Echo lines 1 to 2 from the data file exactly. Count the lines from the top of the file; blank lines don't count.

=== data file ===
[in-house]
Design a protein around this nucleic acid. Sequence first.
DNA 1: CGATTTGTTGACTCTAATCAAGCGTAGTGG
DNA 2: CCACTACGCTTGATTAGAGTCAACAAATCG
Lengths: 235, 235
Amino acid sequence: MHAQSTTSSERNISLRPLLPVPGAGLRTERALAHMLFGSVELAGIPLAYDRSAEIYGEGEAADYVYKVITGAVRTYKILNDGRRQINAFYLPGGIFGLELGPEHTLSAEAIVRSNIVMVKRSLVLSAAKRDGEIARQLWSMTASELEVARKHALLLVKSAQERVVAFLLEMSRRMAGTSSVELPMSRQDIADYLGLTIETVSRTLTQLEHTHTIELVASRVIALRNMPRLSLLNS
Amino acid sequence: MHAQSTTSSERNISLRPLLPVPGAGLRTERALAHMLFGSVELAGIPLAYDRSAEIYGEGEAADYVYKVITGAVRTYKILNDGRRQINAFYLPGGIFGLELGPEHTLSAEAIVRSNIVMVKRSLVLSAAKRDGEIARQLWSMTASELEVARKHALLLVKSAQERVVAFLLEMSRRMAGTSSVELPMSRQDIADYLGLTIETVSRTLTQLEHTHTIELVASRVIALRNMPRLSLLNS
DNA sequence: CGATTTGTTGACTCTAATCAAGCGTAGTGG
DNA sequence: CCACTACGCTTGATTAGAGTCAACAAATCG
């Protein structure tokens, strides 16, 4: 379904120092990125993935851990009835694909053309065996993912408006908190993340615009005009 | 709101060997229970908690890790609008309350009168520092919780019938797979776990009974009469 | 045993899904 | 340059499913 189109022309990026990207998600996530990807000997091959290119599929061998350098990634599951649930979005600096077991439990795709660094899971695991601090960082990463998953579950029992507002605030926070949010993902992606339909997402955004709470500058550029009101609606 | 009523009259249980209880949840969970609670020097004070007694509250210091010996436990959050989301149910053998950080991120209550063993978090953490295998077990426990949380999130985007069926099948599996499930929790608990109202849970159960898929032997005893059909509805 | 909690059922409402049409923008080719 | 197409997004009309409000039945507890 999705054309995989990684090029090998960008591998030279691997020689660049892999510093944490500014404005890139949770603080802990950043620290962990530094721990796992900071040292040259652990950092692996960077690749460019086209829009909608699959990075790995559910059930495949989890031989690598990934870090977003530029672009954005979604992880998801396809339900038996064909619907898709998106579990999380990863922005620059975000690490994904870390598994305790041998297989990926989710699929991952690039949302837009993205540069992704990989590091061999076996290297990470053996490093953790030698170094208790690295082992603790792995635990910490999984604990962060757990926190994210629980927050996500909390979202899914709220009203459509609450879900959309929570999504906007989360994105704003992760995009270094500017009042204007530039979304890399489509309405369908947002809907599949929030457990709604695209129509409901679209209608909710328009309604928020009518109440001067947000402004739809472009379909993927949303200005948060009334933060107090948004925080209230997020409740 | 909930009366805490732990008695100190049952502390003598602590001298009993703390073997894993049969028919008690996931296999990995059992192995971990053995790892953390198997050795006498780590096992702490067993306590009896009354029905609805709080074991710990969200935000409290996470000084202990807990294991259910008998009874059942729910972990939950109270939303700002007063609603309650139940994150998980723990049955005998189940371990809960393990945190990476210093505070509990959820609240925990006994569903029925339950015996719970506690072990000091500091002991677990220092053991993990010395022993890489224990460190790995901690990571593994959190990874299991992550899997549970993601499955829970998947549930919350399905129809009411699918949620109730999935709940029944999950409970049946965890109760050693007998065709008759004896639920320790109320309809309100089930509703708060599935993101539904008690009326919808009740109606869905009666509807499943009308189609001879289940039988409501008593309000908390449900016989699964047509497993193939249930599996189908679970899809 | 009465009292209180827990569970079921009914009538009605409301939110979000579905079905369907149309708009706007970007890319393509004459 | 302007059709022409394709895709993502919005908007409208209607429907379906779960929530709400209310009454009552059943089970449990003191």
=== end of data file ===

[in-house]
Design a protein around this nucleic acid. Sequence first.